It is now a week on from the debut of the Laver Cup, which Europe won by a score of 15 points to 9. The victory was sealed for the Europeans by the racquet of Roger Federer, who defeated Nick Kyrgios in a thrilling final match that saw him save a match point. It was fitting for Federer who was one of the chief architects of the competition that he should take part in the final match. Fitting also that it was Nick Kyrgios who had shown such commitment throughout should be given the opportunity to once again test himself against Federer on the biggest stage. But, was the inaugural Laver Cup a success overall?
‘Fedal’ on the doubles court
Getting Roger Federer and Rafael Nadal to play doubles together was unquestionably one of the highlights in Prague. Ever since both had announced their intention to compete together it was a potential pairing that had fans’ mouths watering. Their appearance together was delayed until Saturday, with Tomas Berdych joining Rafael Nadal on Friday night. That pairing lost to Sock and Kyrgios, but when the main attraction of Federer and Nadal stepped out on court on Saturday evening the atmosphere was understandably electric. Facing off against Sam Querrey and 2014 Wimbledon doubles champion Jack Sock they took the first set to leave the crowd in raptures. Querrey and Sock were there to do more than just make up the numbers though and they raced through the second set to level it. Ultimately, Federer and Nadal were able to pull through in the match tiebreak, winning it 10-6.
Even had they lost, however, it would have done little to dampen the brilliance of seeing them together. They were far from a perfect doubles team, unsurprising considering they are more used to competing against rather than with each other. But to have the roaring topspin forehand of Nadal paired with the silky skills of Federer was an astonishing sight for tennis fans anywhere. Interestingly it also meant that each of the big 4 had played doubles alongside one of his colleagues. Djokovic remains the most prolific having competed with Murray and Nadal previously, as well as Stan Wawrinka. But with another Laver Cup to come next year and Europe potentially able to field an even stronger team, perhaps we will see even more interesting doubles pairings.
Surprisingly close contest
Few gave the representatives of Team World much hope against the might of Team Europe. Even robbed of Djokovic, Wawrinka and Murray, who between them hold 18 Slams, Europe brought a combined total of 36 Slams to Prague. Team World brought only one, and in doubles not singles. Going into the tournament Team Europe’s players had combined for 73 victories against Team World’s, whilst having tasted defeat just 24 times themselves. But World put in an impressive and competitive performance. Even on day 1 when they lost all three singles matches, every set went to a tiebreak. In the doubles World outperformed Europe, winning two of the three matches. And had Nick Kyrgios been able to convert his match point against Federer the score and result could have been very different.
That was doubtless a relief for the tournament’s organisers. Whilst the appeal of seeing the titans representing Europe was great, few would have been excited by a whitewash. With the Laver Cup hoping to become a tennis institution, it was important that there be engaging tennis alongside the glitz and glamour and Team World did well to provide that. They may just have to work even harder on home turf next year.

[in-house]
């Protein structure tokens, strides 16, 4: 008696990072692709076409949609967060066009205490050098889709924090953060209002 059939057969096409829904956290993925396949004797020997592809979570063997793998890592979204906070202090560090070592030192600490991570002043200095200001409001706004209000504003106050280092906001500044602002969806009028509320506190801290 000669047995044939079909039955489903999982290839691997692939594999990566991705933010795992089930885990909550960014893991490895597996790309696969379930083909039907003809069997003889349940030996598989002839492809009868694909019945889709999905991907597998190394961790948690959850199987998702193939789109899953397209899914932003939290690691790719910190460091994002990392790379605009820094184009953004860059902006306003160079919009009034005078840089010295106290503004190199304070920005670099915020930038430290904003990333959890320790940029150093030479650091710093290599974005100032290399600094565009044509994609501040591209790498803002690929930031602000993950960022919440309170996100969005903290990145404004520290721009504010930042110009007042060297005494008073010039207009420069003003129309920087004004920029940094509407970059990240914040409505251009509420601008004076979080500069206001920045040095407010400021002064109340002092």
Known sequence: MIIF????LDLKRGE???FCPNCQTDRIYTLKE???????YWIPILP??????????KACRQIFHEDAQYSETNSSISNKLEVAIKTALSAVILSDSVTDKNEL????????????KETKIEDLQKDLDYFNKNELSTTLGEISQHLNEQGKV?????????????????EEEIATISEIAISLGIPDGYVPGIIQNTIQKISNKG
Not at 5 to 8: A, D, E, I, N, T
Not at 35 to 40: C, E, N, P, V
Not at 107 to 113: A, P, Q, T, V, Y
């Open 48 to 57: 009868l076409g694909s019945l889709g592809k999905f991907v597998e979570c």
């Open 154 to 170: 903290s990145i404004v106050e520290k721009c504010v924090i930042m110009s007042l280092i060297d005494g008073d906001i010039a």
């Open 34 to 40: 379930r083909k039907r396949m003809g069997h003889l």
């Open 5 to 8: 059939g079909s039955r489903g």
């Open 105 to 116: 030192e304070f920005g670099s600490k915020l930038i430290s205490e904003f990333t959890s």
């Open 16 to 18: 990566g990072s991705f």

Scoring system could be improved
The only real criticism of the Laver Cup was the scoring system. Whilst the bold decision to award more points for wins later in the tournament kept it interesting, further improvements could have been made. One option would be to award points for sets won, as this rewards players and teams for good performances even in defeat. Another major benefit would be maintaining the closeness of competition for as long as possible. There would also be no cause to replace the increasing number of points awarded for later victories, as this could be easily incorporated.
Overall there can be little doubt that the inaugural Laver Cup was a success. Though the tennis calendar is busy, the Laver Cup felt like a worthwhile addition. From the pairing of Federer and Nadal on a doubles court to the competitive tennis displayed to the slick looking black court, the Laver Cup worked. But, there are struggles ahead for the fledgling competition. The timing of the tournament so close to the Davis Cup semifinals will doubtless attract criticism if the two competitions begin to compete with each other. It is not the place of the Laver Cup to try and usurp the august traditions of the Davis Cup, even if that tournament does need restructuring.
And next year the Laver Cup will need to once again attract strong line ups. Fortunately Djokovic, Murray and Wawrinka will likely be returned to the top of the game then, so even if Federer and Nadal do not play again Europe will not want for star power. But there will be little appeal in seeing a clash of players ranked outside the top 20, so the Laver Cup must ensure it remains an attractive proposition to the stars of the game. But in truth, those troubled waters are far off if they appear at all. For now, let us look back and enjoy the memories of what was a great success.
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